Definition for FARM

FARM, n. [Sax. farma, fearm, or feorm, food, provisions, board, a meal, a diner or supper, hospitality, substance, goods, use, fruit. Hence, feormian, to supply provisions, to entertain; also, to purge or purify, to expiate, to avail, to profit. Arm. ferm, or feurm; in ancient laws, firma; Fr. ferme, a farm, or letting to farm, whence affermer, to hire or lease. The sense of feorm seems to be corn or provisions, in which formerly rents were paid. The radical sense of feorm, provisions, is probably produce, issues, from one of the verbs in Br; produce and purification both implying separation, a throwing off or out.]

  1. A tract of land leased on rent reserved; ground let to a tenant on condition of his paying a certain sum annually or otherwise for the use of it. A farm is usually such a portion of land as is cultivated by one man, and includes the buildings and fences. Rents were formerly paid in provisions, or the produce of land; but now they are generally paid in money. This is the signification of farm in Great Britain, where most of the land is leased to cultivators.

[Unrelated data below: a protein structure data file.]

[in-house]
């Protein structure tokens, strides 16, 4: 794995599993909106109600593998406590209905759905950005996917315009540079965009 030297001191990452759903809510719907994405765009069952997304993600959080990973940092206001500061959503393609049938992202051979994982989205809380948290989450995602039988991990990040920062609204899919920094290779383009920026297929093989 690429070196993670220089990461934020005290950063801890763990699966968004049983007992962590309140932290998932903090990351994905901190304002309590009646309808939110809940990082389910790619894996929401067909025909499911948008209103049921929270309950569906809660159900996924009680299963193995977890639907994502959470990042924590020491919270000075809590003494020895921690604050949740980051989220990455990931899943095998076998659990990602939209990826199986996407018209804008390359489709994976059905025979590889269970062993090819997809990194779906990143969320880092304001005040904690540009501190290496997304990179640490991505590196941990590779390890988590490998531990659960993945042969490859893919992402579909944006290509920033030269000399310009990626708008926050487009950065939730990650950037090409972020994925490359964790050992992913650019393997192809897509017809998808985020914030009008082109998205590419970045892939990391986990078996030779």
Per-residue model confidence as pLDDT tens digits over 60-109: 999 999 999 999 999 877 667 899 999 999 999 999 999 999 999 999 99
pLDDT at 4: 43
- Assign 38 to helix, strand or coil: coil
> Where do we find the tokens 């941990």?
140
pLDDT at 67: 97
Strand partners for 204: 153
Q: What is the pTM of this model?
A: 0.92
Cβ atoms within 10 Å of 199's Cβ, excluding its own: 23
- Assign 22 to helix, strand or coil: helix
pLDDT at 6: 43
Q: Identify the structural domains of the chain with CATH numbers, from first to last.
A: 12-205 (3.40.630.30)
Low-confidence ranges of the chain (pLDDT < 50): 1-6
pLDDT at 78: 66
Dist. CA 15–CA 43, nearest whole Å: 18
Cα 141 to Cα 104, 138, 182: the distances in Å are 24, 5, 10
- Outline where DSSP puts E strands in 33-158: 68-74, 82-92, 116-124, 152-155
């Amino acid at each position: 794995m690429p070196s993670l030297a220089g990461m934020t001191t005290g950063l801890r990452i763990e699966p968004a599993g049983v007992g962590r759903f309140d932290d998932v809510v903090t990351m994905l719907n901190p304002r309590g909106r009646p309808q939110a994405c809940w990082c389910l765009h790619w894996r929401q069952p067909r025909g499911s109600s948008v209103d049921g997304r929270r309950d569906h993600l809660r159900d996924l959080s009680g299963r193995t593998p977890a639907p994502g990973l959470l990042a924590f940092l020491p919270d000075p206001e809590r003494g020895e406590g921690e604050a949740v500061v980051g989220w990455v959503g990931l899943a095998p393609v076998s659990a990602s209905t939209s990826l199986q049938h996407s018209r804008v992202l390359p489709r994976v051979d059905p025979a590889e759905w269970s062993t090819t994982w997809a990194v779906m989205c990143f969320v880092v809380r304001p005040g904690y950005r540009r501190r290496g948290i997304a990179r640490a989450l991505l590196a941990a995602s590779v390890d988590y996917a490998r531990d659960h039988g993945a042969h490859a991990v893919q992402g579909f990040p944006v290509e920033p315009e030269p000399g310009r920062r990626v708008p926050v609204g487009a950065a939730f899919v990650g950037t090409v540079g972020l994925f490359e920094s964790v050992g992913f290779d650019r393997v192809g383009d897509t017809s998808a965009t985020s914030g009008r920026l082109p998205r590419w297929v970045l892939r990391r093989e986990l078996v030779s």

2. In the United State, a portion or tract of land, consisting usually of grass land, meadow, pasture, tillage and woodland, cultivated by one man and usually owned by him in fee. A like tract of land under lease is called a farm; but most cultivators are proprietors of the land, and called farmers. A tract of new land, covered with forest, if intended to be cultivated by one man as owner, is also called a farm. A man goes into the new states, or into the unsettled country, to buy a farm, that is, land for a farm.
  3. The state of land leased on rent reserved; a lease. It is great willfulness in landlords to make any longer farms to their tenants. Spenser.

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